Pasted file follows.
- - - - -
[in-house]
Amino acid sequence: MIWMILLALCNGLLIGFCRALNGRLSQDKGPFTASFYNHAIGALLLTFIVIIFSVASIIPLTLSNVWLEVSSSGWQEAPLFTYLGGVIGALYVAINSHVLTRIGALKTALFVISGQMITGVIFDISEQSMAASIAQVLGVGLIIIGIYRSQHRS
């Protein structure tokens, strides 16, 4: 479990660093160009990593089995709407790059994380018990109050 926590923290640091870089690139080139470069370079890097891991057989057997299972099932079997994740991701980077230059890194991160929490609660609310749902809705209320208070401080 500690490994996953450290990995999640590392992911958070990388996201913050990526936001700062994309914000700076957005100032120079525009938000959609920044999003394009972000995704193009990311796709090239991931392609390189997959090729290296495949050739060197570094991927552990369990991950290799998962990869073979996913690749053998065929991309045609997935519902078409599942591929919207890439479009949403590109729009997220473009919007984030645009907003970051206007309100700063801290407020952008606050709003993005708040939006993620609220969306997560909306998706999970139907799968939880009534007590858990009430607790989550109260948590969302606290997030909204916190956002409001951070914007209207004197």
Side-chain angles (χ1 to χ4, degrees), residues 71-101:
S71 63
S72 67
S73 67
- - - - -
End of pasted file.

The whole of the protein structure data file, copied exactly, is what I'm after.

[in-house]
Amino acid sequence: MIWMILLALCNGLLIGFCRALNGRLSQDKGPFTASFYNHAIGALLLTFIVIIFSVASIIPLTLSNVWLEVSSSGWQEAPLFTYLGGVIGALYVAINSHVLTRIGALKTALFVISGQMITGVIFDISEQSMAASIAQVLGVGLIIIGIYRSQHRS
């Protein structure tokens, strides 16, 4: 479990660093160009990593089995709407790059994380018990109050 926590923290640091870089690139080139470069370079890097891991057989057997299972099932079997994740991701980077230059890194991160929490609660609310749902809705209320208070401080 500690490994996953450290990995999640590392992911958070990388996201913050990526936001700062994309914000700076957005100032120079525009938000959609920044999003394009972000995704193009990311796709090239991931392609390189997959090729290296495949050739060197570094991927552990369990991950290799998962990869073979996913690749053998065929991309045609997935519902078409599942591929919207890439479009949403590109729009997220473009919007984030645009907003970051206007309100700063801290407020952008606050709003993005708040939006993620609220969306997560909306998706999970139907799968939880009534007590858990009430607790989550109260948590969302606290997030909204916190956002409001951070914007209207004197």
Side-chain angles (χ1 to χ4, degrees), residues 71-101:
S71 63
S72 67
S73 67